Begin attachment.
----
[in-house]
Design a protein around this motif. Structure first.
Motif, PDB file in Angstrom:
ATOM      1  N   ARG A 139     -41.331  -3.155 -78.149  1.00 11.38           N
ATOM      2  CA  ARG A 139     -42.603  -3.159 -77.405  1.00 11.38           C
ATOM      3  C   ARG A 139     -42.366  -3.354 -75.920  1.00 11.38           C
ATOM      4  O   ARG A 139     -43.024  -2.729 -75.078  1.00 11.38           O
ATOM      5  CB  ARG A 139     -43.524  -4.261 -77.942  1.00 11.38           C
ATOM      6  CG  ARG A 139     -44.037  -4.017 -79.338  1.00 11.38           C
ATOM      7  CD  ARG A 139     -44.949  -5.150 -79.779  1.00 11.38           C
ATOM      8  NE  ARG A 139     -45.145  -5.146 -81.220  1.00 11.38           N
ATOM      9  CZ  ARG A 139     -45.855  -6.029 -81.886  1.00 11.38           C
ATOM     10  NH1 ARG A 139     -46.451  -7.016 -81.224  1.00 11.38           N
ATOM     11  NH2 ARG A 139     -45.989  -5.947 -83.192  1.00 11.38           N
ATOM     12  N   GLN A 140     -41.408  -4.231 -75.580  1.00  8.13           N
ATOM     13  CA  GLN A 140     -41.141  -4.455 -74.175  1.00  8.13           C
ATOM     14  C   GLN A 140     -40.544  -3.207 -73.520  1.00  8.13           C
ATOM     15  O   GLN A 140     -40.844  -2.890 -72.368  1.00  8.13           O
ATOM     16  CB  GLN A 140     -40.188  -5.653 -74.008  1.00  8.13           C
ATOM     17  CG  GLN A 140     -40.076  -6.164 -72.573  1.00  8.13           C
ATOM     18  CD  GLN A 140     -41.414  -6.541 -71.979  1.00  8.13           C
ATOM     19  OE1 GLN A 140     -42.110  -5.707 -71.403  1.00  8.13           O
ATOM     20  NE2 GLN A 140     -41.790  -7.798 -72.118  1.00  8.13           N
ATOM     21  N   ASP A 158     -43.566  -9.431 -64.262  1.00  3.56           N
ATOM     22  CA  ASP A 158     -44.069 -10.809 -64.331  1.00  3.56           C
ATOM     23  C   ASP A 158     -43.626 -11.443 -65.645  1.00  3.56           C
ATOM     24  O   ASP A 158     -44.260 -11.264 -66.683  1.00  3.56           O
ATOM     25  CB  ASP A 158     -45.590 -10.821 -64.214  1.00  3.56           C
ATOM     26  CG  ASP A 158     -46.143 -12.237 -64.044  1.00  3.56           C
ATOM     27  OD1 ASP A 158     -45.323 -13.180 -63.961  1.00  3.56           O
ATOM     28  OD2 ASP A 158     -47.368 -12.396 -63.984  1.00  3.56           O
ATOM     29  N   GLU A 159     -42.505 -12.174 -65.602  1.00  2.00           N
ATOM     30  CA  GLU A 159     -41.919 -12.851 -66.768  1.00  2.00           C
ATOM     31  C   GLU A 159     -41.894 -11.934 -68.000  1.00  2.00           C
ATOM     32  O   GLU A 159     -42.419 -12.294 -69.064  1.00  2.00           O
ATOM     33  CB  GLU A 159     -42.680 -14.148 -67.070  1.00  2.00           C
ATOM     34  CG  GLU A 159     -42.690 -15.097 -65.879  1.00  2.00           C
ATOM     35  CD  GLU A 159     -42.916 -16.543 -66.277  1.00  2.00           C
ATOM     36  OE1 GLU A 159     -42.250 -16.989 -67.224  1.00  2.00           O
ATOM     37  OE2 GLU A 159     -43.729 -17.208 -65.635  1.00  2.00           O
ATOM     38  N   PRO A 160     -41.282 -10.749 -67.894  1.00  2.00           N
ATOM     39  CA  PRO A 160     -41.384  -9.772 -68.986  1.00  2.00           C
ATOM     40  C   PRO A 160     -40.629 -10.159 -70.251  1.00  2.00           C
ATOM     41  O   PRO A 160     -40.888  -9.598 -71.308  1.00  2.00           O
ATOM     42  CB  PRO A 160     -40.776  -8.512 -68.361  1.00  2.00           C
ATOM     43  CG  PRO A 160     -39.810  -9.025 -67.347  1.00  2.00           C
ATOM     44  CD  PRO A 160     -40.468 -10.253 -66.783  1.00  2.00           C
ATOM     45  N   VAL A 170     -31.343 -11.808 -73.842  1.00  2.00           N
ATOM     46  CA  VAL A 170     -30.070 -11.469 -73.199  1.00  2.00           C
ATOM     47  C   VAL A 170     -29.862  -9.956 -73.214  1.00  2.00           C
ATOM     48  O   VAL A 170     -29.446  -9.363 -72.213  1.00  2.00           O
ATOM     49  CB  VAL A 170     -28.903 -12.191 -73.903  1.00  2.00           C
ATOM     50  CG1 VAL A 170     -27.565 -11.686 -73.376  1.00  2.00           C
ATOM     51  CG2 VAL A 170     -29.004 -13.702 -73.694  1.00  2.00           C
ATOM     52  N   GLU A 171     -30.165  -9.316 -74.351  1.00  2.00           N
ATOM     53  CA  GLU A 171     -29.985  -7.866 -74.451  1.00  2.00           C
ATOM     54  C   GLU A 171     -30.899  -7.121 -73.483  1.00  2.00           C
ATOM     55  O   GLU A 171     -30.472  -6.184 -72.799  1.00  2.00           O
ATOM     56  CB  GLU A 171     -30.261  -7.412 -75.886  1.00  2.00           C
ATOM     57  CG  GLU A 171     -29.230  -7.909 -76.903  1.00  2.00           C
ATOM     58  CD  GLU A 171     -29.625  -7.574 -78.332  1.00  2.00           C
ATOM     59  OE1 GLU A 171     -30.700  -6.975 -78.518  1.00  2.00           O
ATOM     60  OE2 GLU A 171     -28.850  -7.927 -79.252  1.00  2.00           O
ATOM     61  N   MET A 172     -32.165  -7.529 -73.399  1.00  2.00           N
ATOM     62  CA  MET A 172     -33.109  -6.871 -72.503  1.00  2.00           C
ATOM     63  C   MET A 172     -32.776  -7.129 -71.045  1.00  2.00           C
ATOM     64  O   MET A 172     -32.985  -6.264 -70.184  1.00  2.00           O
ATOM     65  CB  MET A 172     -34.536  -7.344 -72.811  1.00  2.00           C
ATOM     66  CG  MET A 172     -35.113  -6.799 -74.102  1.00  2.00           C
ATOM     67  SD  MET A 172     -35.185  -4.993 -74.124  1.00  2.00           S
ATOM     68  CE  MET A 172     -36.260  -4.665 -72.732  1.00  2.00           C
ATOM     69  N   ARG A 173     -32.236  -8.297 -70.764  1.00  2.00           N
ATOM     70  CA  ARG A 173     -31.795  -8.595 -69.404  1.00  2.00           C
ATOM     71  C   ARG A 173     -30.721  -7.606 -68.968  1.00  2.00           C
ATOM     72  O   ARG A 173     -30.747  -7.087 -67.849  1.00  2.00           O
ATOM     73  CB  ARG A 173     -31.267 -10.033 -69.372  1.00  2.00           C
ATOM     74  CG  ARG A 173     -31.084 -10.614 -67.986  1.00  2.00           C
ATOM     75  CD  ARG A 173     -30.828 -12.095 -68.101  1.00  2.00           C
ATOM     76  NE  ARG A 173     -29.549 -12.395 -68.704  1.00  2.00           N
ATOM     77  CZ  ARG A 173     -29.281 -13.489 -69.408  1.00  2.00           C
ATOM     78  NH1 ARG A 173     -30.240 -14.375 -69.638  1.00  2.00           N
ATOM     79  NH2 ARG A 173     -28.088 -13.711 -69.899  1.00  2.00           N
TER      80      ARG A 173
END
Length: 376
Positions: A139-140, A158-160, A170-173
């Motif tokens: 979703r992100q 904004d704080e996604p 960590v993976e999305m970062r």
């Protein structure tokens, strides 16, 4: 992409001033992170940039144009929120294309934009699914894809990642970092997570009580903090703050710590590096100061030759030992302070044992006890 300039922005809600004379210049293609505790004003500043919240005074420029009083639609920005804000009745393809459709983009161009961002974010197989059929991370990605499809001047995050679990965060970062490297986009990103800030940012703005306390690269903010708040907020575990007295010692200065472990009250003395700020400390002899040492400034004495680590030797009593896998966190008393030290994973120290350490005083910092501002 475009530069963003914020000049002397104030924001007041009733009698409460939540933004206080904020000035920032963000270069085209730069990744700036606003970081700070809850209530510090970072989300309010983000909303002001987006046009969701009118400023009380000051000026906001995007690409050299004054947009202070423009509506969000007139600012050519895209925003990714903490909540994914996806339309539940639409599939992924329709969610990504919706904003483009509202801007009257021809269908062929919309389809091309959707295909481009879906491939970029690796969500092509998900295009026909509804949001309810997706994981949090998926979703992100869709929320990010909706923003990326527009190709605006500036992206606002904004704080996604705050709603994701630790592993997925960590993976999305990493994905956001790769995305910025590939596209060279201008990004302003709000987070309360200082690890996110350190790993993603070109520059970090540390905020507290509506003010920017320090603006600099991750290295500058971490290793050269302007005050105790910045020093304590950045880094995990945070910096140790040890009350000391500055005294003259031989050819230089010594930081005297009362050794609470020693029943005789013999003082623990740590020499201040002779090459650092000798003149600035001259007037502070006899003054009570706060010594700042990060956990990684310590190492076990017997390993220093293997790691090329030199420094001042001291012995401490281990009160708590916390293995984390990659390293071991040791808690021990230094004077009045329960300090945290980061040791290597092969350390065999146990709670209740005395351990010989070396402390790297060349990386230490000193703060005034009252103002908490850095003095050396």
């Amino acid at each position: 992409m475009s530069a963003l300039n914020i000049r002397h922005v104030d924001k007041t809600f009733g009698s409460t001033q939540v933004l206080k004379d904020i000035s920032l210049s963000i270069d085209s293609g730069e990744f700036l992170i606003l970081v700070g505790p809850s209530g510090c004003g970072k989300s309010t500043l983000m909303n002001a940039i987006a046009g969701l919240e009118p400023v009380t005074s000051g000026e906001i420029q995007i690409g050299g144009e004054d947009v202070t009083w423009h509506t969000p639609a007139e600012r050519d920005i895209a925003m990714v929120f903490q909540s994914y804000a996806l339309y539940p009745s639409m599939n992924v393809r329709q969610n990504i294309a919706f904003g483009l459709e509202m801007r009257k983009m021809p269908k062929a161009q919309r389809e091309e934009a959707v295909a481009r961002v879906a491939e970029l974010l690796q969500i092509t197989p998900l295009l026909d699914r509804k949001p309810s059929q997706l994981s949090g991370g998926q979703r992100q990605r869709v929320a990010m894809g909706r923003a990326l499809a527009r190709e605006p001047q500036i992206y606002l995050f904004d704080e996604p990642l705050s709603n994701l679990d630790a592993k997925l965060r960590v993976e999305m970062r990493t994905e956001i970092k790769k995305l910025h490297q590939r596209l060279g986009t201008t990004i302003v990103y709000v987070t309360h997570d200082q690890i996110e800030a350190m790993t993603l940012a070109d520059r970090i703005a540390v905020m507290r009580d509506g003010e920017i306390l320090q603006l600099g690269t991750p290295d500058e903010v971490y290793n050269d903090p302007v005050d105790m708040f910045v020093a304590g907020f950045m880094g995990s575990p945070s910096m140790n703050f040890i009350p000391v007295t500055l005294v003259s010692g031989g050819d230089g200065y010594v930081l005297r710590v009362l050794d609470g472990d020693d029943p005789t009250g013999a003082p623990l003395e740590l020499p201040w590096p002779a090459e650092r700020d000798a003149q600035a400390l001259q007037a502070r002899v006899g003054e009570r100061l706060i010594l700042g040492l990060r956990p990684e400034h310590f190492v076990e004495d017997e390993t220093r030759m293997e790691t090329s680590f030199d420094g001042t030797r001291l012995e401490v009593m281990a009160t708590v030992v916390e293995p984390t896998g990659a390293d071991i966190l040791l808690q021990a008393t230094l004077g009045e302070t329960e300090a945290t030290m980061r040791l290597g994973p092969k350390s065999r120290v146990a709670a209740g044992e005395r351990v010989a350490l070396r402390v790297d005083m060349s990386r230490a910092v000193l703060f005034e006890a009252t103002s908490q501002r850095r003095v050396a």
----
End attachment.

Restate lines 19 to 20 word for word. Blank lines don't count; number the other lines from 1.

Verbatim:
ATOM     16  CB  GLN A 140     -40.188  -5.653 -74.008  1.00  8.13           C
ATOM     17  CG  GLN A 140     -40.076  -6.164 -72.573  1.00  8.13           C